Sunday, September 30, 2018

The European Parliament's Copyright Directive

On September 12, 2018, the European Parliament took another step towards finalizing a controversial new set of copyright laws.

This could change the Internet for everyone.

Two directives, Articles 11 and 13, have Silicon Valley and their shareholders quite concerned.
Both measures attempt to redress an imbalance at the core of the contemporary web: big platforms like Facebook and Google make huge amounts of money providing access to material made by other people, while those making the content (like music, movies, books, journalism, and more) get an ever-shrinking slice of the pie. (
These laws may change the ideas of "safe harbor" (web sites are not instantly responsible for the violations of their community)  and "fair use" (anyone can use small amounts of content from others when specific conditions are met) policies, perhaps including those that allowed the quoting of the passage above.

Profitable services such as Pintrest and Tumblr would be accountable for the copyright violations of their users, as NAPSTER had been years ago. Google and Facebook would have to invest significantly in profit sharing technology.

One argument against the laws by some is that it would change the culture of the Internet, which currently thrives on frictionless sharing and mashups.

Others believe that change may not be such a bad thing, and have the gradual effect of increasing the credibility of online content.  For example, to imply familiarity with a topic, hacks and trolls can often get away in social media with using photographs owned by strangers without their permission or knowledge. (It is more clearly illegal today when a website's editor or staff uses the photographs of others without permission, even with citations, as it would be for newspapers and magazines.) Satire and cosplay - people photographing themselves dressed up as Spiderman or JFK - would not be impacted.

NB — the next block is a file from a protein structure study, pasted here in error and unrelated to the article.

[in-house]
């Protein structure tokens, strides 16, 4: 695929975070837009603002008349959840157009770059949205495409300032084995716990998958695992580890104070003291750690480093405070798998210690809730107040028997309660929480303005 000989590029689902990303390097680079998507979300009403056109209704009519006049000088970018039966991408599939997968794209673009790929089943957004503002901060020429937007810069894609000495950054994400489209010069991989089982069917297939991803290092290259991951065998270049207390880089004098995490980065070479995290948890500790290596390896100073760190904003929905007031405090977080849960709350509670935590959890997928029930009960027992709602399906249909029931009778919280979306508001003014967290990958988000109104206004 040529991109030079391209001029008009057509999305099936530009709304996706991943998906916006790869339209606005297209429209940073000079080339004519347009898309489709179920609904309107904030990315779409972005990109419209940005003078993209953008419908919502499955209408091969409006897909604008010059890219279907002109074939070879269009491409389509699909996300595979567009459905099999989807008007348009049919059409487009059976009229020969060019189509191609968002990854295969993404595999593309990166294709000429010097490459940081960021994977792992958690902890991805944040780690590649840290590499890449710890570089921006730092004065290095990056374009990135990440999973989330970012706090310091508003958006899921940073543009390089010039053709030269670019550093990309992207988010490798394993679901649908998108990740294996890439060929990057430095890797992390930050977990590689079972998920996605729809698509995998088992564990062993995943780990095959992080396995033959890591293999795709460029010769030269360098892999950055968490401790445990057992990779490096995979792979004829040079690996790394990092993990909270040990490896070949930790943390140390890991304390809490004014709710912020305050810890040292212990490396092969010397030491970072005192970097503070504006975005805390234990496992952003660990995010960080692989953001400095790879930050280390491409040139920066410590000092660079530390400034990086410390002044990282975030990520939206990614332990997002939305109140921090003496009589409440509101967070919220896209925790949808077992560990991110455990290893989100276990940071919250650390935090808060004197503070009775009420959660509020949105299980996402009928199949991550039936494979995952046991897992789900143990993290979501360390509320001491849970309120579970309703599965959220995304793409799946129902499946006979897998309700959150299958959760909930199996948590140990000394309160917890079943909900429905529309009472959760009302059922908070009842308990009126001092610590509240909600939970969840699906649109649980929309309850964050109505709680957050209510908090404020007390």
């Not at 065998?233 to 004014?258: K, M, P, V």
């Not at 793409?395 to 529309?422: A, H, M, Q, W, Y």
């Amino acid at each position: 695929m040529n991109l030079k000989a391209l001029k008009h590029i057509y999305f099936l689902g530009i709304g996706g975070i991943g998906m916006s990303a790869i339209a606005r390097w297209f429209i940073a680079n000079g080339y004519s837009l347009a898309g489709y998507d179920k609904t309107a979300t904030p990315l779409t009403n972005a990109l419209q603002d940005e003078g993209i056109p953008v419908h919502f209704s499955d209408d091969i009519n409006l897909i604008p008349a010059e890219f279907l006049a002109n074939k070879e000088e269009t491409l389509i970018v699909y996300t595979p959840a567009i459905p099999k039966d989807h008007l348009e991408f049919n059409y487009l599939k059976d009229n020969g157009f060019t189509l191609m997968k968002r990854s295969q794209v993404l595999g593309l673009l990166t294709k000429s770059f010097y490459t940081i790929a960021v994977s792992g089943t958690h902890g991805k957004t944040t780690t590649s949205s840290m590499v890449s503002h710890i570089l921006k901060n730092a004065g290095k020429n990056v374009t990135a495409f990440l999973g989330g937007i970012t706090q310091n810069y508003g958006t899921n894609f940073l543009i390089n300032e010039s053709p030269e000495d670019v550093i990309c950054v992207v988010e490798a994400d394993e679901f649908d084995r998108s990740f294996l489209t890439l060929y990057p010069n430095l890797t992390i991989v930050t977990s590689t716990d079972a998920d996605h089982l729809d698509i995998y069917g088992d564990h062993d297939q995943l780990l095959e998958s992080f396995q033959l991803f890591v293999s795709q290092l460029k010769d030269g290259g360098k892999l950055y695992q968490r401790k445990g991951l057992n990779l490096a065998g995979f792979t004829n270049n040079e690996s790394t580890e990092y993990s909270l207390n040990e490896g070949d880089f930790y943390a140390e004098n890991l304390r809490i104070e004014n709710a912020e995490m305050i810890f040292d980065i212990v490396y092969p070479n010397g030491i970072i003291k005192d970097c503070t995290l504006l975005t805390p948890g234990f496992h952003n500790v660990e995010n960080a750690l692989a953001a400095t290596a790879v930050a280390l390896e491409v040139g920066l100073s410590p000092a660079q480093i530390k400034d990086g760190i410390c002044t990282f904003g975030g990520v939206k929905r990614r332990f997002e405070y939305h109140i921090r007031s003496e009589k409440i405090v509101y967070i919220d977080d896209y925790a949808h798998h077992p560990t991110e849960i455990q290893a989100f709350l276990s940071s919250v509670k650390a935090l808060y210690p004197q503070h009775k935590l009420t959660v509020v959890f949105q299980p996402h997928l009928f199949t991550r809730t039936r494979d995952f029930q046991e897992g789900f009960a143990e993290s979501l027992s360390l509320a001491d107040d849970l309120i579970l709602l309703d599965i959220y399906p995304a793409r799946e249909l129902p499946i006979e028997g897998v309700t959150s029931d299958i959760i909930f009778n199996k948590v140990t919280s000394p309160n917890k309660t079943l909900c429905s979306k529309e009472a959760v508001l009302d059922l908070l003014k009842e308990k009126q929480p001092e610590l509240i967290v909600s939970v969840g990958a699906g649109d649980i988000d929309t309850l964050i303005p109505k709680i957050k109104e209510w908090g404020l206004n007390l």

Given the importance of journalism to social media, these laws may even save Google and Facebook from themselves, correcting their violation of the cardinal rule of parasites, "Don't kill the host."

If one agrees with the goal, the devil will be in the details, and one only has to look at the EU's "cookie" solution to worry about the first implementations of any laws.  Still, those that make a living or an identity from illegally aggregating the works of others may have to evolve their position.

More reading:


  1. Thanks for this analysis and resources!

  2. I suspect this will be another ongoing conversation of trying to find a good balance, like when Google's idea to make thousands of books completely available several years ago was changed to just providing snippets currently. Pointless spammy search aggregators like Pinterest add nothing - good riddance if they go away.

  3. The EU has made $billions from its shakedowns of tech giants like Apple, Microsoft and Google. Recent Directives have led to US media, e.g. the New York Times, to make their websites unavailable in the EU. Other online publishers probably don't realise that they are breaking EU laws and are risking huge fines. Hopefully, after Brexit, Britain will take a more sensible approach to internet regulation.